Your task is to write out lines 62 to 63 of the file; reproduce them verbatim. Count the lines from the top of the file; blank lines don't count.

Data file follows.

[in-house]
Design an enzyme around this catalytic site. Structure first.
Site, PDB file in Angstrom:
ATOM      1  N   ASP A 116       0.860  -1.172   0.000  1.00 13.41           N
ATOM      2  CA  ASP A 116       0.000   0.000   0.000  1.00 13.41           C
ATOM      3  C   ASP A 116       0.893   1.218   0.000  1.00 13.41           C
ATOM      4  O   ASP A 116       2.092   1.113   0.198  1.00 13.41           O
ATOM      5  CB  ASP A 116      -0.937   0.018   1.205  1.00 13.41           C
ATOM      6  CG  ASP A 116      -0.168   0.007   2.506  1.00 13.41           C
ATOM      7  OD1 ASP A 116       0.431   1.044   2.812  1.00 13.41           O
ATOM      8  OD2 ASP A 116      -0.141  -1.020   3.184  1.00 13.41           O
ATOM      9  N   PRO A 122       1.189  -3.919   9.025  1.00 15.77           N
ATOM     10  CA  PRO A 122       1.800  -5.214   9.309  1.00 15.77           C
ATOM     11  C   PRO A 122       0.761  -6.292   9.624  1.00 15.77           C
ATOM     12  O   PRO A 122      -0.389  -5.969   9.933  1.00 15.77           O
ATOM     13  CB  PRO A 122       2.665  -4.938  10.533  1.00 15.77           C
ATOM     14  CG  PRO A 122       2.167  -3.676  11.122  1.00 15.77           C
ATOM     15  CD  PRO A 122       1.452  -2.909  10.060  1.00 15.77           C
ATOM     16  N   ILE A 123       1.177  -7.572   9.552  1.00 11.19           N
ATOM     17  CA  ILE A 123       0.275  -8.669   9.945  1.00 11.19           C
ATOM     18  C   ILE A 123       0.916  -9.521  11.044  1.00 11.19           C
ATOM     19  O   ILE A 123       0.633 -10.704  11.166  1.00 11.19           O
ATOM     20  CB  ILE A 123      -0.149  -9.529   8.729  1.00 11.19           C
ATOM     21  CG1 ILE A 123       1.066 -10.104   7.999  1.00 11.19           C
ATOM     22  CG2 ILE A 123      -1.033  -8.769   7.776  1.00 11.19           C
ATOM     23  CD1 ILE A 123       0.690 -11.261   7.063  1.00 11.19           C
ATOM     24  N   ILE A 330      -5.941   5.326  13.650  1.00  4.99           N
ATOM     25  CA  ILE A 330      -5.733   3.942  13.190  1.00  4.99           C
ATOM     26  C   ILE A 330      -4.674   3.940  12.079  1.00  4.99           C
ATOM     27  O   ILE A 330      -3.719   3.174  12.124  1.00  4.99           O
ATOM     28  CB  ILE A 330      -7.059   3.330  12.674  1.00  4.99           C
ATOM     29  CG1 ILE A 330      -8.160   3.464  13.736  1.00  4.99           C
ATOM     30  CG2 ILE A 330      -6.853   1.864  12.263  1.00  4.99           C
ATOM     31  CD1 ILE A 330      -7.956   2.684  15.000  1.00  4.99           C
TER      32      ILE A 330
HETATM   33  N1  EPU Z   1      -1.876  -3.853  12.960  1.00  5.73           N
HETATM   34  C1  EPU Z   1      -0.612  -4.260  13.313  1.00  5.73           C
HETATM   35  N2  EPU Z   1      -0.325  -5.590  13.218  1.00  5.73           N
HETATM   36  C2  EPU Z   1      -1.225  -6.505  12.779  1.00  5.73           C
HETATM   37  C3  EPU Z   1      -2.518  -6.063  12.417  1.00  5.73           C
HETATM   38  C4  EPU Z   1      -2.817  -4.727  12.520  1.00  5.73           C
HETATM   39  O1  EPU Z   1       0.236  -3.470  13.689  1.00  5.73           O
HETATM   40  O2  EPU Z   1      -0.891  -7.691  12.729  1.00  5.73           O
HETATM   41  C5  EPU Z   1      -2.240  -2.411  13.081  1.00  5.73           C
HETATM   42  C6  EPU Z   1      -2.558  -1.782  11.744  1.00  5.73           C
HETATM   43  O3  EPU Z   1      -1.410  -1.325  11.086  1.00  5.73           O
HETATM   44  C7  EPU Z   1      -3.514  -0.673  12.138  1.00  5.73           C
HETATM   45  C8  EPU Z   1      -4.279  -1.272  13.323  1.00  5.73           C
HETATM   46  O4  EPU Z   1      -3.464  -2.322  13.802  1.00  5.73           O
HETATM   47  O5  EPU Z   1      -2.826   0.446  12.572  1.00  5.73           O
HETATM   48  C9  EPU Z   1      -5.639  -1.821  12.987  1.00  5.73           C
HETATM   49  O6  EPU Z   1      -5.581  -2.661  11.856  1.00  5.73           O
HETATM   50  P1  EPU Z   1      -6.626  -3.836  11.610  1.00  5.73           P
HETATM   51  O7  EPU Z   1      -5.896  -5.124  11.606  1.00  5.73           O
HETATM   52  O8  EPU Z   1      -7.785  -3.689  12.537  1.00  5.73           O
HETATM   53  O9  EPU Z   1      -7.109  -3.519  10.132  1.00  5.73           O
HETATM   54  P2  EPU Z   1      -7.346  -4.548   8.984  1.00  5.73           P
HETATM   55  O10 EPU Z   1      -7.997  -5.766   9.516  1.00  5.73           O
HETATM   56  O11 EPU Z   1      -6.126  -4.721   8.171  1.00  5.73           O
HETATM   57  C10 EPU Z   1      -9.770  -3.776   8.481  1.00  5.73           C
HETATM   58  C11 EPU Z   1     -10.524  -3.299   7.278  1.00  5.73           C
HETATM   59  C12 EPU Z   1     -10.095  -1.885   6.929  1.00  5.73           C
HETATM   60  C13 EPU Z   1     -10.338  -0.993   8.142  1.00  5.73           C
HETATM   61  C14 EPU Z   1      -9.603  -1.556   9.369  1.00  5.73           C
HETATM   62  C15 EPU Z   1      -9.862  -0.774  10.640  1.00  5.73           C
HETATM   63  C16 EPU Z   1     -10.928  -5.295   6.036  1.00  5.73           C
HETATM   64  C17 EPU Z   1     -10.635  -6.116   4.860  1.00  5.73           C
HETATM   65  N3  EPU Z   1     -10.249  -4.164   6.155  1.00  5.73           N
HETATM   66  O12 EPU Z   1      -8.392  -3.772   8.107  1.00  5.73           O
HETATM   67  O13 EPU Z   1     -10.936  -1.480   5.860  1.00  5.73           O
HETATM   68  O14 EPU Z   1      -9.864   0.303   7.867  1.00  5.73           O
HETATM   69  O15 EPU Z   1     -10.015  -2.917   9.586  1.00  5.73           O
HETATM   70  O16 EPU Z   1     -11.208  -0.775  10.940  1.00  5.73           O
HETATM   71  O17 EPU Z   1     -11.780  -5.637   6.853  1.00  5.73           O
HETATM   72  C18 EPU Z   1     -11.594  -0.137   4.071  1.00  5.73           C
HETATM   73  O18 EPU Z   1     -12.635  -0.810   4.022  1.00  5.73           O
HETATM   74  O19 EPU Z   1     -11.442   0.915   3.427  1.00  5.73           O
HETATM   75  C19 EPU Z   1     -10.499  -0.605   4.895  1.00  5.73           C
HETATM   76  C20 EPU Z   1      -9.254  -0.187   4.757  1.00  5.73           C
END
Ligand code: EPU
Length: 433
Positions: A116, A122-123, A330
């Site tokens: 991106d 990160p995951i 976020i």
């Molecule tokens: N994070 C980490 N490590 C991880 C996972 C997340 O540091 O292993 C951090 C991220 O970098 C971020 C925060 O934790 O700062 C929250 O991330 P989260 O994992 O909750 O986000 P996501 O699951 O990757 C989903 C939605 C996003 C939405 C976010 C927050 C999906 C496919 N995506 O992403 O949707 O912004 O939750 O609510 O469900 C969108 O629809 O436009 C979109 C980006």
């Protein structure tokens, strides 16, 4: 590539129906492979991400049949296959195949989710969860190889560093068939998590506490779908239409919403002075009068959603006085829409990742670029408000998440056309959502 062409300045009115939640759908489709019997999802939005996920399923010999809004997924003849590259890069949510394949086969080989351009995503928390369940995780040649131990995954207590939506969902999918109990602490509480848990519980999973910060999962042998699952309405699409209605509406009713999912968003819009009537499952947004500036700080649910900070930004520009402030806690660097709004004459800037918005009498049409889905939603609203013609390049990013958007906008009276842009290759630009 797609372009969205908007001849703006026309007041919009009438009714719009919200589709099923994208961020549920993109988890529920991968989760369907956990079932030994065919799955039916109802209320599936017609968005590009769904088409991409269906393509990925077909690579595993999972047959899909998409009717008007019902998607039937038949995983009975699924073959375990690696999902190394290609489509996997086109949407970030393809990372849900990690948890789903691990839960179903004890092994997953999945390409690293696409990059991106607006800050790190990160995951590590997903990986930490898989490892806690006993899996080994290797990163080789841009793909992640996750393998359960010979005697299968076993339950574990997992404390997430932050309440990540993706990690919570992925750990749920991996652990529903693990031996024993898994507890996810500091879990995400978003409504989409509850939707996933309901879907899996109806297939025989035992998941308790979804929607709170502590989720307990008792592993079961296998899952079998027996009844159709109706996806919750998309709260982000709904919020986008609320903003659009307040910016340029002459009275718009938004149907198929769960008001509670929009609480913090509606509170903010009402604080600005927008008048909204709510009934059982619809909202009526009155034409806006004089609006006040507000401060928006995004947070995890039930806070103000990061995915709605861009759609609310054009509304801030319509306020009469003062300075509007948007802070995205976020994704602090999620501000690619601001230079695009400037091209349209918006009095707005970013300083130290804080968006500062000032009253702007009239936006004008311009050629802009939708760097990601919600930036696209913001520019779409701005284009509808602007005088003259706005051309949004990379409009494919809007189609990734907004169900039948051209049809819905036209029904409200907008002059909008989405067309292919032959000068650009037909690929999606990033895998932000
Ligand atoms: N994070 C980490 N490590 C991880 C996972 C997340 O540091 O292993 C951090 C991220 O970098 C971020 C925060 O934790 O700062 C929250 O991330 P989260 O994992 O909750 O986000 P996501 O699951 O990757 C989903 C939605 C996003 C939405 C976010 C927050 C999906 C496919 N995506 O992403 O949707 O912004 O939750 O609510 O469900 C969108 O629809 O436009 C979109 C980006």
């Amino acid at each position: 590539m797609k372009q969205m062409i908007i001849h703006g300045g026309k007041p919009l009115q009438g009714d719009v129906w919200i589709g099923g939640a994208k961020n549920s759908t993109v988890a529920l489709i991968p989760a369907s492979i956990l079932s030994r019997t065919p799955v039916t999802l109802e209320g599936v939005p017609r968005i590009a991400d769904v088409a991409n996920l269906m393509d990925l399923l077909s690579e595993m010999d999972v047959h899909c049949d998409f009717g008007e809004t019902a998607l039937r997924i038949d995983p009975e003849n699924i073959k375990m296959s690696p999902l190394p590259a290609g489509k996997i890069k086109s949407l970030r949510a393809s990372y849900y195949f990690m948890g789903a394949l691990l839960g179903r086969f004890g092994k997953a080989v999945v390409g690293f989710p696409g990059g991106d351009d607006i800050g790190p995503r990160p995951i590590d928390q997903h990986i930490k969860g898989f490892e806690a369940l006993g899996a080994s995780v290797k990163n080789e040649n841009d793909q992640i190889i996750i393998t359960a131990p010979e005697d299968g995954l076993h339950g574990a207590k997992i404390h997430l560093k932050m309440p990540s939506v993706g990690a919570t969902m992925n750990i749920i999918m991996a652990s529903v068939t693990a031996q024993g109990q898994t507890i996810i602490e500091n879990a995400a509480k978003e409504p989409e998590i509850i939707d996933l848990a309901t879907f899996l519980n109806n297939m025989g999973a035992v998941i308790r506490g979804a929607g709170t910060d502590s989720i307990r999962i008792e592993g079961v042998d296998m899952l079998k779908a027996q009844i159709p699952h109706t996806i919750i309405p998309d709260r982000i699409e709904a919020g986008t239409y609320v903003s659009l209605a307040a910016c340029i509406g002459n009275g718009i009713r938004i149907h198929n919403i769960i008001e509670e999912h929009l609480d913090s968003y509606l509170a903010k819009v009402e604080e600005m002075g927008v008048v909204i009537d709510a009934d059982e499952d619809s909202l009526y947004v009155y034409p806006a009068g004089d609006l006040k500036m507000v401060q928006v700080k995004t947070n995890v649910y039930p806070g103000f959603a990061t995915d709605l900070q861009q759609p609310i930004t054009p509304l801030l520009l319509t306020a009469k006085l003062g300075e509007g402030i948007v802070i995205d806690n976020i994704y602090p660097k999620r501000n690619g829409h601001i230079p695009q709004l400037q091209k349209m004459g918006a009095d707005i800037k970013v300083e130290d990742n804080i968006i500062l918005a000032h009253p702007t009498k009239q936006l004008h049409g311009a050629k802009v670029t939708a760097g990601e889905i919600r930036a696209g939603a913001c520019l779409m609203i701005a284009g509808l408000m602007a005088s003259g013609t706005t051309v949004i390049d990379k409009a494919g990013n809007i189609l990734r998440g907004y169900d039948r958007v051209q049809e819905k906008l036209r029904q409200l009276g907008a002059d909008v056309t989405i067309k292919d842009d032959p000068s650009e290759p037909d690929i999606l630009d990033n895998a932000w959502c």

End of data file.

HETATM   59  C12 EPU Z   1     -10.095  -1.885   6.929  1.00  5.73           C
HETATM   60  C13 EPU Z   1     -10.338  -0.993   8.142  1.00  5.73           C